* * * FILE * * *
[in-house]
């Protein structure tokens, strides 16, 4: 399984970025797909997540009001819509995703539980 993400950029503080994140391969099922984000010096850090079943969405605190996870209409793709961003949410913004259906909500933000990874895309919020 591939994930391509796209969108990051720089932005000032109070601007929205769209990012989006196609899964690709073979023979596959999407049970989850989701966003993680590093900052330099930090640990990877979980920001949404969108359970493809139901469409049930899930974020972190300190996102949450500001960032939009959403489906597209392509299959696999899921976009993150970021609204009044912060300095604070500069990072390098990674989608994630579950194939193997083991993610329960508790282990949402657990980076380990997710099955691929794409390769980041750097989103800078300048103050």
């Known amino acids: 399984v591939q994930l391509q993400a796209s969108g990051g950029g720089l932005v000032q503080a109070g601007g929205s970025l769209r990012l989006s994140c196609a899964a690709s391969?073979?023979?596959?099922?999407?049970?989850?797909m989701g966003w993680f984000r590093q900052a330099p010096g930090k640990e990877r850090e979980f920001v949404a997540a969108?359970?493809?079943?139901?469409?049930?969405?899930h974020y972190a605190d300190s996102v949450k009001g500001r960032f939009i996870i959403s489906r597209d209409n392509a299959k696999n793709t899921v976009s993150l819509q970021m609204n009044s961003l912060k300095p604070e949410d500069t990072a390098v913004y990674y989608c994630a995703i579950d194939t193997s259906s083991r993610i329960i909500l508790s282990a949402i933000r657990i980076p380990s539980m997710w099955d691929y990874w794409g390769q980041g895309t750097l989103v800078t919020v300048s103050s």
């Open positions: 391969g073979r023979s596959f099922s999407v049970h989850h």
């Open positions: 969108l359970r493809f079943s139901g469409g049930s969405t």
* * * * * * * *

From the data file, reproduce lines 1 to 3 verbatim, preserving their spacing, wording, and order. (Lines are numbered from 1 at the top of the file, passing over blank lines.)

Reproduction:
[in-house]
């Protein structure tokens, strides 16, 4: 399984970025797909997540009001819509995703539980 993400950029503080994140391969099922984000010096850090079943969405605190996870209409793709961003949410913004259906909500933000990874895309919020 591939994930391509796209969108990051720089932005000032109070601007929205769209990012989006196609899964690709073979023979596959999407049970989850989701966003993680590093900052330099930090640990990877979980920001949404969108359970493809139901469409049930899930974020972190300190996102949450500001960032939009959403489906597209392509299959696999899921976009993150970021609204009044912060300095604070500069990072390098990674989608994630579950194939193997083991993610329960508790282990949402657990980076380990997710099955691929794409390769980041750097989103800078300048103050």
């Known amino acids: 399984v591939q994930l391509q993400a796209s969108g990051g950029g720089l932005v000032q503080a109070g601007g929205s970025l769209r990012l989006s994140c196609a899964a690709s391969?073979?023979?596959?099922?999407?049970?989850?797909m989701g966003w993680f984000r590093q900052a330099p010096g930090k640990e990877r850090e979980f920001v949404a997540a969108?359970?493809?079943?139901?469409?049930?969405?899930h974020y972190a605190d300190s996102v949450k009001g500001r960032f939009i996870i959403s489906r597209d209409n392509a299959k696999n793709t899921v976009s993150l819509q970021m609204n009044s961003l912060k300095p604070e949410d500069t990072a390098v913004y990674y989608c994630a995703i579950d194939t193997s259906s083991r993610i329960i909500l508790s282990a949402i933000r657990i980076p380990s539980m997710w099955d691929y990874w794409g390769q980041g895309t750097l989103v800078t919020v300048s103050s």